IGN Review of The Grim Adventures of Billy & Mandy
It can be said that creating a good game is like cooking a gourmet meal. It's not enough to have all the right ingredients, they have to be combined in just the right way, or else the meal comes out wrong. Such is the case with Full Fat's new Gameboy Advance title The Grim Adventures of Billy and Mandy. It could have been so awesome, but they mixed it all up and made something that tastes kind of funny.
As anyone who has watched the show will know, all manners of crazy crap goes down in Billy and Mandy's neighborhood. This time, Grim's mojo balls have been released, infecting the entire town and turning everything evil. Billy, Mandy, and Grim have to fight their way through all the evilness to retrieve all the orbs. There is a story mode for all three characters, as well as a mission section with mini levels. The story modes are very basic beat-em-ups, with a boss at the end. The bosses are villains from the show, so fans of the series will see some familiar faces. There isn't a lot of story to speak of, just an opening and ending screen with a miniscule amount of explanatory text. All three story modes are criminally short. The developers tried to space them out, by having players unlock the modes when they collect orbs in the mission modes. Even with this the story mode can be beat in about half an hour. There just isn't a lot of game there at all.
What is there isn't particularly exciting. The story mode is really just a button masher and doesn't offer too much depth or fun. The missions are where all the gameplay variety comes into the mix. There are six levels of missions, each level getting progressively more difficult. The missions range from have to rush through the level as fast as possible, to trying to survive against constantly spawning enemies for a period of time. There is a surprising amount of variety within the missions, making them the real game. Whereas the story mode only has a couple types of villains to battle, the missions have dozens of enemies. In addition, the levels have different themes, from the basic neighborhood level, to old school eight-bit video game levels.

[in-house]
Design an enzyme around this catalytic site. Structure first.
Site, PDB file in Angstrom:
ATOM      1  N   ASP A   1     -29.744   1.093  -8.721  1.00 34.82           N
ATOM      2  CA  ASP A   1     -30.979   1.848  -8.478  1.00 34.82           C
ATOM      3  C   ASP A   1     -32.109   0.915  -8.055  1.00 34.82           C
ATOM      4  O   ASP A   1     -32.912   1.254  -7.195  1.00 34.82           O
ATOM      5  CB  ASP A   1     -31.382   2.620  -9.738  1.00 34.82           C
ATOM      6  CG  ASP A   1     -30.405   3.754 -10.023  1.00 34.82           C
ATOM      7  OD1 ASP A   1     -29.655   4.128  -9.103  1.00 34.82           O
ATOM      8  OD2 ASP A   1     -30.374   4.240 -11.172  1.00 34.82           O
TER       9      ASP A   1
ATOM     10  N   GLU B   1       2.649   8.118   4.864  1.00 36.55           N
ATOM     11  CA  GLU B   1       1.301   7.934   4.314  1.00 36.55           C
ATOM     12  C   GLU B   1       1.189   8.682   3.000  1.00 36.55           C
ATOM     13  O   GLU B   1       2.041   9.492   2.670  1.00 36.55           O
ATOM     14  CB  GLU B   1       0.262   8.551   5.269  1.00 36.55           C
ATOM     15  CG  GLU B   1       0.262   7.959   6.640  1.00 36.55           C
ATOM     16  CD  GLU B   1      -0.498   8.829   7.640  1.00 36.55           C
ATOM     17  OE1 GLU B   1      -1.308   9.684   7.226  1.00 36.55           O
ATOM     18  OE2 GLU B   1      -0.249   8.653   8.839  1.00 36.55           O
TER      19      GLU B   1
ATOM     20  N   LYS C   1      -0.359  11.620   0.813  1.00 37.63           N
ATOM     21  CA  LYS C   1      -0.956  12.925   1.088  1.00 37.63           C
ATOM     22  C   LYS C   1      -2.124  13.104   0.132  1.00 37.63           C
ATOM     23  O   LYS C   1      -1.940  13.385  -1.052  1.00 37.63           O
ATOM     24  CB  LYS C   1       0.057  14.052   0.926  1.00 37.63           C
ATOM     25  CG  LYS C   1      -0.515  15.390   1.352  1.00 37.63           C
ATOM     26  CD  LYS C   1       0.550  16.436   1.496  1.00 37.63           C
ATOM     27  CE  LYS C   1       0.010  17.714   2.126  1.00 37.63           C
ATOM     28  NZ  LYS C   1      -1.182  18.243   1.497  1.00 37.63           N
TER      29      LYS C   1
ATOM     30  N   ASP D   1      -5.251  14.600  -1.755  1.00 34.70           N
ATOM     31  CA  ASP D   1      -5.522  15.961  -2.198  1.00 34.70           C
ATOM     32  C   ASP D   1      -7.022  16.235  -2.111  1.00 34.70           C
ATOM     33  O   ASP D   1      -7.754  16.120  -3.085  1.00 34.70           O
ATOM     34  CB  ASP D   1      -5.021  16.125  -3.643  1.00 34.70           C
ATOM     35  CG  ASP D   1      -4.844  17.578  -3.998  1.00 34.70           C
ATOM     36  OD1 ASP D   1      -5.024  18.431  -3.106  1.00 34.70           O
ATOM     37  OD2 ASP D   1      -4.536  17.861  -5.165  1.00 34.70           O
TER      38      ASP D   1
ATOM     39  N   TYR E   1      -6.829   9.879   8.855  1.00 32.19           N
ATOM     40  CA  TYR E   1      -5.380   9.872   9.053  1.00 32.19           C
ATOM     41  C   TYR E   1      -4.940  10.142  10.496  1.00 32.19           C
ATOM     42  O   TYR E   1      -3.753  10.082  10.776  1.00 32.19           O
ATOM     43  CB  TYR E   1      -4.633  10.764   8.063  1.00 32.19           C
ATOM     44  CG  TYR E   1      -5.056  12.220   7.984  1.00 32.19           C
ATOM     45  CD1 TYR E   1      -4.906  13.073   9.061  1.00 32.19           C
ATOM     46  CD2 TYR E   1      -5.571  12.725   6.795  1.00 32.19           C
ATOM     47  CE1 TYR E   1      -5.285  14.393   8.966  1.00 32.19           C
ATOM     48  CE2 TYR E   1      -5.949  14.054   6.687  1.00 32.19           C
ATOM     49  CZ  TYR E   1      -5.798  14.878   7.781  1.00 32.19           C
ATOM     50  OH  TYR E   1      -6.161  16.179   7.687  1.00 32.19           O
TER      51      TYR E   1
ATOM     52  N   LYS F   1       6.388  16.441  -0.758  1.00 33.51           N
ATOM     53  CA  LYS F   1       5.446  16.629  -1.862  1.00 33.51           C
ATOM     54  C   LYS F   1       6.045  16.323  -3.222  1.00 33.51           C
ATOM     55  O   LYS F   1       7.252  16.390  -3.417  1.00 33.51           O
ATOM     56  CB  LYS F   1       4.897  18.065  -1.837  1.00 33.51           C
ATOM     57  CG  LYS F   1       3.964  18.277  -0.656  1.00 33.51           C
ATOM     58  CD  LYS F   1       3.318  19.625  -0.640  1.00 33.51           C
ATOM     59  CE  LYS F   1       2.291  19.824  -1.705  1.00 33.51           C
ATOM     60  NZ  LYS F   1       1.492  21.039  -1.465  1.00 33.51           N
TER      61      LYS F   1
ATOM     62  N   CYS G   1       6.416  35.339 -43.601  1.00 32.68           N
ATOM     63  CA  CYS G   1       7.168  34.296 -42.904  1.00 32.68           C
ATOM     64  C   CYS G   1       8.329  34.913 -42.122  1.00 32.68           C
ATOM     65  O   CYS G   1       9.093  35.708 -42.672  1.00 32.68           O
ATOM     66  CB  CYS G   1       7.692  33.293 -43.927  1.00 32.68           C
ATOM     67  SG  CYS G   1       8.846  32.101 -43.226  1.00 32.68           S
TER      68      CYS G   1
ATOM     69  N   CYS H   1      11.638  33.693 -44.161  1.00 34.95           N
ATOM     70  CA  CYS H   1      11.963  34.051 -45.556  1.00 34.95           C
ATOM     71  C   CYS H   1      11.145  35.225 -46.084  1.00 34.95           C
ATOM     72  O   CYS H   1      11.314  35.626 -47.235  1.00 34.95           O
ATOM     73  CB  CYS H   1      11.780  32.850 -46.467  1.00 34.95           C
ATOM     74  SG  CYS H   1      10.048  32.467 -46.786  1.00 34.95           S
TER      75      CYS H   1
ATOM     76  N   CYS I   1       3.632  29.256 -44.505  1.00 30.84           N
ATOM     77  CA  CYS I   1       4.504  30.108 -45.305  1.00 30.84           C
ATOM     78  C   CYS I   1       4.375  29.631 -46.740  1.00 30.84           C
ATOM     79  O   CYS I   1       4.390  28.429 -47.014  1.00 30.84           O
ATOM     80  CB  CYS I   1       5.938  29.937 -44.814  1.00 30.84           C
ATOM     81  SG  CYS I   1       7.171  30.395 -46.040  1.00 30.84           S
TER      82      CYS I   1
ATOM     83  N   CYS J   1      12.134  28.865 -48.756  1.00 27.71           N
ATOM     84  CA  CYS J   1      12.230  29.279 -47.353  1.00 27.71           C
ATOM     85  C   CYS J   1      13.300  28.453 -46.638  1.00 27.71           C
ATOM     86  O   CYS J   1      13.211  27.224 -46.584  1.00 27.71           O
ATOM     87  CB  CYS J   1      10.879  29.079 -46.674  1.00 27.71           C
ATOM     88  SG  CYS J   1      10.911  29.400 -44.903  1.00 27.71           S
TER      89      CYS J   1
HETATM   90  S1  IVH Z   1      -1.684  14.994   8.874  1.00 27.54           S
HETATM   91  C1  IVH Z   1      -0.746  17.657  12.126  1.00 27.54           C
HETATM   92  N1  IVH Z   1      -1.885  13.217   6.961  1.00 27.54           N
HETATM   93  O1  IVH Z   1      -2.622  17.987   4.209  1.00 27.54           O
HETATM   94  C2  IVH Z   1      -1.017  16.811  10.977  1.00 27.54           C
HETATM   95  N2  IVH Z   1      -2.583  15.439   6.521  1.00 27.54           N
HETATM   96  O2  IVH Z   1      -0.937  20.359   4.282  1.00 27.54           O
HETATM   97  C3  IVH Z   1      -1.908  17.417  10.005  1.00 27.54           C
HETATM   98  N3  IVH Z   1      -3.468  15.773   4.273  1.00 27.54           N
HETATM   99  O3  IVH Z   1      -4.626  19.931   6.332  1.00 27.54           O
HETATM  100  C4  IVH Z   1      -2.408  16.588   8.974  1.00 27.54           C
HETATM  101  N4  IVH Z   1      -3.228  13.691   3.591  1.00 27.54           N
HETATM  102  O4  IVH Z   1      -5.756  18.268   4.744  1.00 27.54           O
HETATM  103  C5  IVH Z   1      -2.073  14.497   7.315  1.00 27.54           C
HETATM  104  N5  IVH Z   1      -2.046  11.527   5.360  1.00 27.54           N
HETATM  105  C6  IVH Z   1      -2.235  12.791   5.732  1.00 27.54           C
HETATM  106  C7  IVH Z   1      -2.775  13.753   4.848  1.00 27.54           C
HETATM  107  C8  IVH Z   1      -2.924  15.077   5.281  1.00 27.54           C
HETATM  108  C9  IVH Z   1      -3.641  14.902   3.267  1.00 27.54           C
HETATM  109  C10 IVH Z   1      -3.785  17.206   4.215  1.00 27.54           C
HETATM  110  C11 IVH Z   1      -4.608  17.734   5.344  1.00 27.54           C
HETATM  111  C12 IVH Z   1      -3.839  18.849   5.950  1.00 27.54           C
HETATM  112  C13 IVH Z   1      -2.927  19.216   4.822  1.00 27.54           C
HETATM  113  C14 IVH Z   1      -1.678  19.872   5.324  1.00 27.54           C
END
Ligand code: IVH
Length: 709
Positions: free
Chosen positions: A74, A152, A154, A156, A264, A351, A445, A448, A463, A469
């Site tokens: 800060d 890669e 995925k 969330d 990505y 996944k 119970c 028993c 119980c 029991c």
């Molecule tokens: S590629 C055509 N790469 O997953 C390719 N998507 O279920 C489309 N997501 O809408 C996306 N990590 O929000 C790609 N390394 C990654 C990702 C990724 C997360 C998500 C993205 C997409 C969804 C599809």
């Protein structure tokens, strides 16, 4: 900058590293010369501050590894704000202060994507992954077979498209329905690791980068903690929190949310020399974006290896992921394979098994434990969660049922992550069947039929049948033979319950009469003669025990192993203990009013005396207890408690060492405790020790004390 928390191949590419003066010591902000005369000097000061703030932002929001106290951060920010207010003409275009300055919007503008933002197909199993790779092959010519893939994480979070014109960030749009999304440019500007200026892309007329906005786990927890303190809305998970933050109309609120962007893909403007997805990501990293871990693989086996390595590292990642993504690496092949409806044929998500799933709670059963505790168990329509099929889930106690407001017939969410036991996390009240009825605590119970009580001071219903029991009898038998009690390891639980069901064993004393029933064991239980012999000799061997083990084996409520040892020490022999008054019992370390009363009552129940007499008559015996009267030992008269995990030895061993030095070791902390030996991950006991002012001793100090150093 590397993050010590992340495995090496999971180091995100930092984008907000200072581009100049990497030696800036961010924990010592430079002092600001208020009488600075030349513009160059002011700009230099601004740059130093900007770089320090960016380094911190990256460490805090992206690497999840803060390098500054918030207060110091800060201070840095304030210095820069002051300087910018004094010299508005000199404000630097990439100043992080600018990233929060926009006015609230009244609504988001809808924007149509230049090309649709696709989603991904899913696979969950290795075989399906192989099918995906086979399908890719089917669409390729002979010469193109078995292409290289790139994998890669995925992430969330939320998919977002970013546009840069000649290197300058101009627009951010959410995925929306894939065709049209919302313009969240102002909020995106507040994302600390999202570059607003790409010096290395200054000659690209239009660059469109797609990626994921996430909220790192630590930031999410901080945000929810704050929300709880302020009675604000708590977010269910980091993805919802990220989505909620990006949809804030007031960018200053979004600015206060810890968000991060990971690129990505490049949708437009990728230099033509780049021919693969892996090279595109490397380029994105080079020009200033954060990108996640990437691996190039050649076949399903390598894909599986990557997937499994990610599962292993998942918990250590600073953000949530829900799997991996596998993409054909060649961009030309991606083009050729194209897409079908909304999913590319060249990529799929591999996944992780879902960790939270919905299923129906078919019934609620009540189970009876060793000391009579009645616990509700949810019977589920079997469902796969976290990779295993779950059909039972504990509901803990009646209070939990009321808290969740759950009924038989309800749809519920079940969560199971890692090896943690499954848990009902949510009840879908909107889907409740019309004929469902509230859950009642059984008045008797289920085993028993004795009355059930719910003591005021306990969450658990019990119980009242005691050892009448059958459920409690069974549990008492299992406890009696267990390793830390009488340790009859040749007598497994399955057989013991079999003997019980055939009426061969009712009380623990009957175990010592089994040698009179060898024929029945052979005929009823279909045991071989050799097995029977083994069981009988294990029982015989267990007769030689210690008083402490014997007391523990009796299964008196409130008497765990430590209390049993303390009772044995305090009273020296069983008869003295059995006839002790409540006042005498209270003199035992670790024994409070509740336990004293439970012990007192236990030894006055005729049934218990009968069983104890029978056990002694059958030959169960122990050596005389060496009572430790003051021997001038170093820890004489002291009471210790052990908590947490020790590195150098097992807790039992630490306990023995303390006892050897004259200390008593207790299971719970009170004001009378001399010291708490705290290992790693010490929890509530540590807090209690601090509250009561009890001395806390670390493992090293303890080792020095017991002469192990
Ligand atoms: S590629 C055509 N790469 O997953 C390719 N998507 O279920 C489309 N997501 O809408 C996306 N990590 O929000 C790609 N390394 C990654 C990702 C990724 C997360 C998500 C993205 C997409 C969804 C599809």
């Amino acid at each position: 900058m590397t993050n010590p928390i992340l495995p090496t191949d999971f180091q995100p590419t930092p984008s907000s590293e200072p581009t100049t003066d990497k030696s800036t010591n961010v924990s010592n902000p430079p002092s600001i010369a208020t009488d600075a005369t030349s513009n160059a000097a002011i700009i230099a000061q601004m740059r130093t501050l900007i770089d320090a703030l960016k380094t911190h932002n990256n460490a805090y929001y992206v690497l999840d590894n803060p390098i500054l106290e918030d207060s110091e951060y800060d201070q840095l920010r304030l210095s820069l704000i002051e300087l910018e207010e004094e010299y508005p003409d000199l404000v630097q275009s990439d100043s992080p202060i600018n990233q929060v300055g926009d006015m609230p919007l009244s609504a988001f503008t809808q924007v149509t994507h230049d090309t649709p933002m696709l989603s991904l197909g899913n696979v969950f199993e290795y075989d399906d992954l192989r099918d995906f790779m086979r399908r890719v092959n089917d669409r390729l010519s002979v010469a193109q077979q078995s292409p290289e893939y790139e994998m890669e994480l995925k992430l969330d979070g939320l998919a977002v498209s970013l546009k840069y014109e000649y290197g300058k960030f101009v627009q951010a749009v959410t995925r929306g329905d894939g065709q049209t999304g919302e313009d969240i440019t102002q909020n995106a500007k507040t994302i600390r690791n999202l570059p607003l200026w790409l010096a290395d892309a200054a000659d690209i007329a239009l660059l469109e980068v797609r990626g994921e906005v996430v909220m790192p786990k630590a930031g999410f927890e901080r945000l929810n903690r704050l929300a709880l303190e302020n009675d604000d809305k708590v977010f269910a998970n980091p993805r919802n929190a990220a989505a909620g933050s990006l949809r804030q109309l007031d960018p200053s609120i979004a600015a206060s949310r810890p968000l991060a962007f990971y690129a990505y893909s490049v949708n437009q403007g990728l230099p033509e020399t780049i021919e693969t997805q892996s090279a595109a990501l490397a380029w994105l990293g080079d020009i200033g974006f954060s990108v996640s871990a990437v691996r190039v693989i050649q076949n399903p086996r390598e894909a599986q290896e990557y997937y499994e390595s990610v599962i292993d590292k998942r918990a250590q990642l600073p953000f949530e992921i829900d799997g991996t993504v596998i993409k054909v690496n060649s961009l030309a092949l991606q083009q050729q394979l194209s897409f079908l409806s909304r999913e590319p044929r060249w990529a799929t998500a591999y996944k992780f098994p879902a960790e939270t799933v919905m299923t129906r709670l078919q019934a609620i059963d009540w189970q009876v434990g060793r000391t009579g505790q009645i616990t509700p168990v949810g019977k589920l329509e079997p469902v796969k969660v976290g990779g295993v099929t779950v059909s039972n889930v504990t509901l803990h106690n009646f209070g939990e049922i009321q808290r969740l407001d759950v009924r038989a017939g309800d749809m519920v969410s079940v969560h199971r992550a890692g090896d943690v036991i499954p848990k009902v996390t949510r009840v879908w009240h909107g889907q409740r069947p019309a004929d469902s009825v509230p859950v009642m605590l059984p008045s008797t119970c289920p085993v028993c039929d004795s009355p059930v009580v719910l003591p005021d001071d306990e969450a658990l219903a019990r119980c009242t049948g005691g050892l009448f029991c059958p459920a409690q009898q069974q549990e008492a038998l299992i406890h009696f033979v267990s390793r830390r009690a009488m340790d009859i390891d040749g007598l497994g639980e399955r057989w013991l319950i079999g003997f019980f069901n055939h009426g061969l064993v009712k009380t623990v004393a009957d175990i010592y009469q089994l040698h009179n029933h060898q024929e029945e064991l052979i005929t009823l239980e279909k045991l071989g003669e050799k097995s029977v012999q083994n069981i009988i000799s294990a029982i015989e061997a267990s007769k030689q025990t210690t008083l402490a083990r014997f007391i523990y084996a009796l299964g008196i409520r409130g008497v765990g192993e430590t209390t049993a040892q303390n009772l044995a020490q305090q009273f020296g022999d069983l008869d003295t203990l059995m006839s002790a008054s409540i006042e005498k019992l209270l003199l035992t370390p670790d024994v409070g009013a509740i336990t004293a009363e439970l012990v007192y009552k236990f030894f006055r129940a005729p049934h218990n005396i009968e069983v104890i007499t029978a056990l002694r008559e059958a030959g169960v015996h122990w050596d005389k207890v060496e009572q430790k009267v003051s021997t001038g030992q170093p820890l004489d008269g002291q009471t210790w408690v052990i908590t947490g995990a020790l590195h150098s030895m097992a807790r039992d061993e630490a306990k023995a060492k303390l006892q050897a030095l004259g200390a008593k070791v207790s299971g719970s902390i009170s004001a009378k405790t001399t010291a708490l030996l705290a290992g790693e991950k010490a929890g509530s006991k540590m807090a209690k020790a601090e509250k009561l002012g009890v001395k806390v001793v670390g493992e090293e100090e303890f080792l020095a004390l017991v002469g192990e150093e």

The weird balance of story mode and mission mode makes Billy and Mandy an awkward title. It feels like the story mode was tacked on just to have it. The characters operate the same, except for their special moves, and this makes the characters seem abnormal. While it may make sense for Billy to bounce on his butt to reach high ledges, it doesn't work for Mandy and Grim.
The missions can get fun, though they tend to get repetitive after you've done each one three or four times. Still the developers try to mix it up enough to keep it interesting, and they do a decent job for the most part. However, for a game based on a cartoon, there really should be more involved with the story mode. The developers have interesting character at their disposal and do absolutely nothing with them. This game could have starred any three people and it would have been exactly the same. The downfall of this game comes from the quick unlocking of the complete story mode. Players are less than a third of the way through the missions before they've unlocked the entire story mode. As a result, the motivation to continue the missions is based solely on the fun factor, and they just don't hold up. It's not interesting enough to base a whole game on a collection of beat-em-up minigames. If the story was tied more into the missions, or the story mode was extended, and the minigames were interspersed within the game, then Billy and Mandy could have been a pretty fun game.
At least the game looks decent. The characters have multiple animations when they're beating on bad guys, so the attacks don't look the same every time. The music is the obligatory creepy music that is expected from a game starring the Grim Reaper. It's not toe-tappingly awesome, but it's not super annoying either. Lots of cartoony sound effects accompany everything the characters do, and there's even some minor voicework, but it's just for when the characters get hurt (doesn't that always seem to be the case?).
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